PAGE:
Conestoga news

April 30, 2024 2:44 PM

Table, guitar and cabinet among capstone projects on display at woodworking showcase

Woodworking students showed off their final projects at a showcase and networking event where the top creations were recognized with awards for manufacturing and design.

Woodworking Showcase.jpg
Jeongmin Kwon won first place for the Best in Manufactured Product at the Woodworking Showcase.

The event was held April 18 at the Kitchener - Doon campus in the Woodworking Centre of Ontario. Students from the Woodworking Technician program were stationed next to their capstone projects to answer questions about their work, which was judged by faculty, third-year students and retired faculty.

Four awards were handed out: one for design and three for best in manufactured product, which took into account product design and development, craftmanship and product presentation.

Professor Richard Bruckeder explained that the students select, design, draft and calculate their own projects. When approved, they begin building in the final term with 112 hours slotted in the woodworking centre.

“With the support of faculty and staff on safety, machining (CNC), workflow and timing, all projects end up with a finishing of their choice,” Bruckeder said.

The winners of the Best in Manufactured Product Award, sponsored by long-time industry partner FS Tool:

First place went to Jeongmin Kwon for her ash and walnut TV table.

Second place went to Brennan Moro, who also won Best in Product Design sponsored by RAMPA with his guitar built from scratch.

Third place went to Harry Olinski for his oak cabinet to display his collection of refurbished hand planes.

Kwon knew she wanted to incorporate one key element when designing her table: a tambour door, which is a sliding door made of slats that she first saw back at home in Korea. Her design made good use of the door’s flexibility, curving around one end of the table to reveal two drawers inside with the dovetail joints visible in the differently coloured wood.

“I always wanted to make that kind of door and it turned out pretty good,” Kwon said.

Olinski made a cabinet with glass doors and angled shelf to show off the vintage planes he refurbished. “It looks nice and it’s functional,” Olinski said.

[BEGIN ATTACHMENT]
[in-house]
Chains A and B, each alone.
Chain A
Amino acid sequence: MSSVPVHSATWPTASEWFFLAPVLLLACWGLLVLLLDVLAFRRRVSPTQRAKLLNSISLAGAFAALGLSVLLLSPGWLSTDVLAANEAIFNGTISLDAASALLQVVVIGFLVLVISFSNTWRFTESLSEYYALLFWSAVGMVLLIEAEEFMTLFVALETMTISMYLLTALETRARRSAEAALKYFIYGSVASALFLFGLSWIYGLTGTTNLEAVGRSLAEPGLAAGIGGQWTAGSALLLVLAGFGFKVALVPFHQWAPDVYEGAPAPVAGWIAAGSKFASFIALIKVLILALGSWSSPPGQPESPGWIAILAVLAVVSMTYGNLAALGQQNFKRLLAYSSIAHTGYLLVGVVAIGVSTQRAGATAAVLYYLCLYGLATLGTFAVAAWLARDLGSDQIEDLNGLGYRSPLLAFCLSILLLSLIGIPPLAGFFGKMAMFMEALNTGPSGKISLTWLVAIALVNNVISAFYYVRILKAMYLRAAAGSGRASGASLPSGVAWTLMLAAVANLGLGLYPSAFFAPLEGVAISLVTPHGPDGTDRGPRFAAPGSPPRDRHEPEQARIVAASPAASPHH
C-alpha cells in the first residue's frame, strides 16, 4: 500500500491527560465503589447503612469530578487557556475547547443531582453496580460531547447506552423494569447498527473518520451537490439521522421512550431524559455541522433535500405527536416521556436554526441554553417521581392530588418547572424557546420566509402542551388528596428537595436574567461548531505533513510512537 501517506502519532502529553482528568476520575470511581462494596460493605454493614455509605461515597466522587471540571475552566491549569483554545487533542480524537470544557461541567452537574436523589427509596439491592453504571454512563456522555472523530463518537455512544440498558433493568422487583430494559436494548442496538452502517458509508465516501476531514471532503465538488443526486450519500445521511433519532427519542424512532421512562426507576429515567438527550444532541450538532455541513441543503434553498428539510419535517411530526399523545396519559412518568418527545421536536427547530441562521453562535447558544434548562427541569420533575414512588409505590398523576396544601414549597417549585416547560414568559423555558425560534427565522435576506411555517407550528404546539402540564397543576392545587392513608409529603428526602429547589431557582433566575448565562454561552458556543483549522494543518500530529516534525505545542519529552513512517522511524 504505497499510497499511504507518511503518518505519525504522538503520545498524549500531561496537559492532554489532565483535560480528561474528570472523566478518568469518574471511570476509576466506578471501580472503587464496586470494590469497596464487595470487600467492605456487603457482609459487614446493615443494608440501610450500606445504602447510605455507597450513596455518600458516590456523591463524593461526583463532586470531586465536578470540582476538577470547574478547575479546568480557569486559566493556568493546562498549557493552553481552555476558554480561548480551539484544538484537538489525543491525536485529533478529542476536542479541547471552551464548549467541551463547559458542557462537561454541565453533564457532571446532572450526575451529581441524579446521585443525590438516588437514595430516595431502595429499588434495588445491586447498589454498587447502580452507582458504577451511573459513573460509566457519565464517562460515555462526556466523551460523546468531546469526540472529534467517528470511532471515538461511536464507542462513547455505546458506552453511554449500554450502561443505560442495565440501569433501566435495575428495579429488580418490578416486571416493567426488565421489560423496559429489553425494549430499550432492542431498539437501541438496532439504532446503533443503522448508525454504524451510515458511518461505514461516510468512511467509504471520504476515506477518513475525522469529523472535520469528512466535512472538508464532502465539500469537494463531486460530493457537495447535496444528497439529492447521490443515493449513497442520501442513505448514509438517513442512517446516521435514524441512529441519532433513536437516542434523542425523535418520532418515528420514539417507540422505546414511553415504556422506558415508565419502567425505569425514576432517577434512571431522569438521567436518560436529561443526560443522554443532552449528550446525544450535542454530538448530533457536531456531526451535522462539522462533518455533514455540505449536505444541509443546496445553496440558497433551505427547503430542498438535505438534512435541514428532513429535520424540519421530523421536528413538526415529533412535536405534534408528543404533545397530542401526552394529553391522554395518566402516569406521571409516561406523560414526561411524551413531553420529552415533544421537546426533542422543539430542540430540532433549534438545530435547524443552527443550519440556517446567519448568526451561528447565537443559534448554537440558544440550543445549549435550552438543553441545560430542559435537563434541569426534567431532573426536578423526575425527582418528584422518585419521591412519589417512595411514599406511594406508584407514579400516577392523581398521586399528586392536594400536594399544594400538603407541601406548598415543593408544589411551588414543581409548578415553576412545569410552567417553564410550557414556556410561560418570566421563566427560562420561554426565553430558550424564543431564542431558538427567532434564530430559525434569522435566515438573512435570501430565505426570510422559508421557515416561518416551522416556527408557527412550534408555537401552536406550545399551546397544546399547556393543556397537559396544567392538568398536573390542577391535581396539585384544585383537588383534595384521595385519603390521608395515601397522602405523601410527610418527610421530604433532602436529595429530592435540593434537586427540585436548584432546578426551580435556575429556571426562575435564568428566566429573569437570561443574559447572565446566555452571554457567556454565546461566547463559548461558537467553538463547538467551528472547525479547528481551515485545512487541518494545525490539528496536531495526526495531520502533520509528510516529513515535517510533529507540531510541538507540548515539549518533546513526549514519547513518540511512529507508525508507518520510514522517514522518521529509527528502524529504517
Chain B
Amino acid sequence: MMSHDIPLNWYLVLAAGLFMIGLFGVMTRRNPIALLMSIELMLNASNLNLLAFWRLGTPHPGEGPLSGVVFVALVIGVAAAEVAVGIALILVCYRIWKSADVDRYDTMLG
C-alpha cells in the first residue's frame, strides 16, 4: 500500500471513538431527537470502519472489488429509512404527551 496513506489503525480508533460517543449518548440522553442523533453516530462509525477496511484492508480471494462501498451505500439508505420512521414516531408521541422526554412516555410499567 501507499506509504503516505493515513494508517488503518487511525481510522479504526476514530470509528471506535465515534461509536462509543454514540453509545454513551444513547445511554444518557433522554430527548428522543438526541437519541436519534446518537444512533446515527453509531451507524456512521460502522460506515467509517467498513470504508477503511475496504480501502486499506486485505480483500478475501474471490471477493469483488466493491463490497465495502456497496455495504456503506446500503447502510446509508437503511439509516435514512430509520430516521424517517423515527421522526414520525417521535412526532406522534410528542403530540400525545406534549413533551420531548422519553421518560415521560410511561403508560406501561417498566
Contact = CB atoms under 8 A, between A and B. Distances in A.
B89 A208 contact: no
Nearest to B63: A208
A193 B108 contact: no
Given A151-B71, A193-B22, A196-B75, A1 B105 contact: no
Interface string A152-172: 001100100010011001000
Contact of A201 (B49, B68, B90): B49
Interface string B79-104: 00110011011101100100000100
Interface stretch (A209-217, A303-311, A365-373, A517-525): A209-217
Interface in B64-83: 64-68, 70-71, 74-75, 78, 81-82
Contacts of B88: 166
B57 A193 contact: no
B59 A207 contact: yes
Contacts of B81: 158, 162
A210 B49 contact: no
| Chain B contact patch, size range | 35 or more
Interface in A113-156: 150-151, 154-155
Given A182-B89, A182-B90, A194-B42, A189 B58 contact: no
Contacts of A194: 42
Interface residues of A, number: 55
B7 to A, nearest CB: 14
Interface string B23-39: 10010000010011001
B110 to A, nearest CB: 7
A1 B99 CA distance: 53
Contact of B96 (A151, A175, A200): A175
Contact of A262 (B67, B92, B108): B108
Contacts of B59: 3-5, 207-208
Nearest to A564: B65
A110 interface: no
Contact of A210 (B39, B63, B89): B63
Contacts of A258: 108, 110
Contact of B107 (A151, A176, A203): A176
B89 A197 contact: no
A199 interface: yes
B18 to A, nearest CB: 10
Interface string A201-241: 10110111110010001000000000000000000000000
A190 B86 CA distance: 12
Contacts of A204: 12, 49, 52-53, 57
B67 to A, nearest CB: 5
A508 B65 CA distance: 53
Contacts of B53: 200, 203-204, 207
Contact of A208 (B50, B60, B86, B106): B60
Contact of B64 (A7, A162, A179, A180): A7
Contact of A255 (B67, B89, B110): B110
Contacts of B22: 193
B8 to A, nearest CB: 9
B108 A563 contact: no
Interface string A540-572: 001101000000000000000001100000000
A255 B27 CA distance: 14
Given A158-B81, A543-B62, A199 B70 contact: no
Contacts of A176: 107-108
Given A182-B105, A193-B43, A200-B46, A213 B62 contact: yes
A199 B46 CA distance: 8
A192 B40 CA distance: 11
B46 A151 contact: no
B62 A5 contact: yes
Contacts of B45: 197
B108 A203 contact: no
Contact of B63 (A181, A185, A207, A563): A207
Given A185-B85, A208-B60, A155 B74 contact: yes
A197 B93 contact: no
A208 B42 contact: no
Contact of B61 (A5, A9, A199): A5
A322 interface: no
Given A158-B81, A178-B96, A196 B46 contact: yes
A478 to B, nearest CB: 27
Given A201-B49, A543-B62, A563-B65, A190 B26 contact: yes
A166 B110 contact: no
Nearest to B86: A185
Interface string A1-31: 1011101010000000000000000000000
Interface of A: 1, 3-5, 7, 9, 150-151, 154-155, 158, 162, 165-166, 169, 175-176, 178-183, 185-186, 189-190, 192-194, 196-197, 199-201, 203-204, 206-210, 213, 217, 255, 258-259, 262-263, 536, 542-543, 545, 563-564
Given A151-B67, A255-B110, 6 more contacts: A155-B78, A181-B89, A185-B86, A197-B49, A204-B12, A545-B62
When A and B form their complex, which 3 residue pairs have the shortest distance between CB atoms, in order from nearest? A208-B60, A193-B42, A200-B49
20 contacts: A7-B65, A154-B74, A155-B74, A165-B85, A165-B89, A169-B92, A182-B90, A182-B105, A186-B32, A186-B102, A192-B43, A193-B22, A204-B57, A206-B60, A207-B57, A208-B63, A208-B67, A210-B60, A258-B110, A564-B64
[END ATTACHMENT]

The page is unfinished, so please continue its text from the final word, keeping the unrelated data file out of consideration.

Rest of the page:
Moro knew his plan to make a walnut-bodied guitar with a mahogany neck would push his technical skills and time, requiring him to bring his project home to put in more hours beyond the workshop. In total, he figures as many as 250 hours were spent on the labour of love.

Moro learned a lot along the way, but the largest hurdle to overcome was not the woodworking. “My own anxiety was the biggest challenge.” He explained the stumbles along the way and the momentary panic before forging ahead with a solution.

“The way I like to talk about my project is through the many failures,” Moro said.

But he couldn’t be more happy with the end result and just a few final touches were needed before the strings could go on and Moro could finally play his guitar.

“It will be really cool. It will be kind of surreal,” Moro said. “Even if it’s completely unplayable, it’s something beautiful I can hang on the wall.”

Bradley Wray decided to craft something that would make his woodworking easier as a tall person - a mini workbench that is placed on top of another surface. Primarily he used hand joining, spending hours with a chisel to create all the unique joints. His mini bench balances on the fine line of being both beautiful and functional.

“I’m really happy with how it turned out. I couldn’t ask for anything better,” Wray said.

Matthew McIsaac created a hall table, pushing himself to try his hand at more complicated features such as angled legs.

“There’s a lot of complex angles, there’s a lot of complex machining. It displays more skill,” McIsaac said. “It was definitely a challenge, but I’m really happy with how it turned out.”

Established in 1988, the Woodworking Centre of Ontario is among North America's leading training centres for woodworking. This respected and renowned institution has produced countless industry leaders and talented craftspeople who have gone on to have fulfilling careers in the woodworking trade.

Conestoga offers several woodworking programs available at the centre: Woodworking Technology, Woodworking Technician, Woodworking Techniques and Cabinetmaker.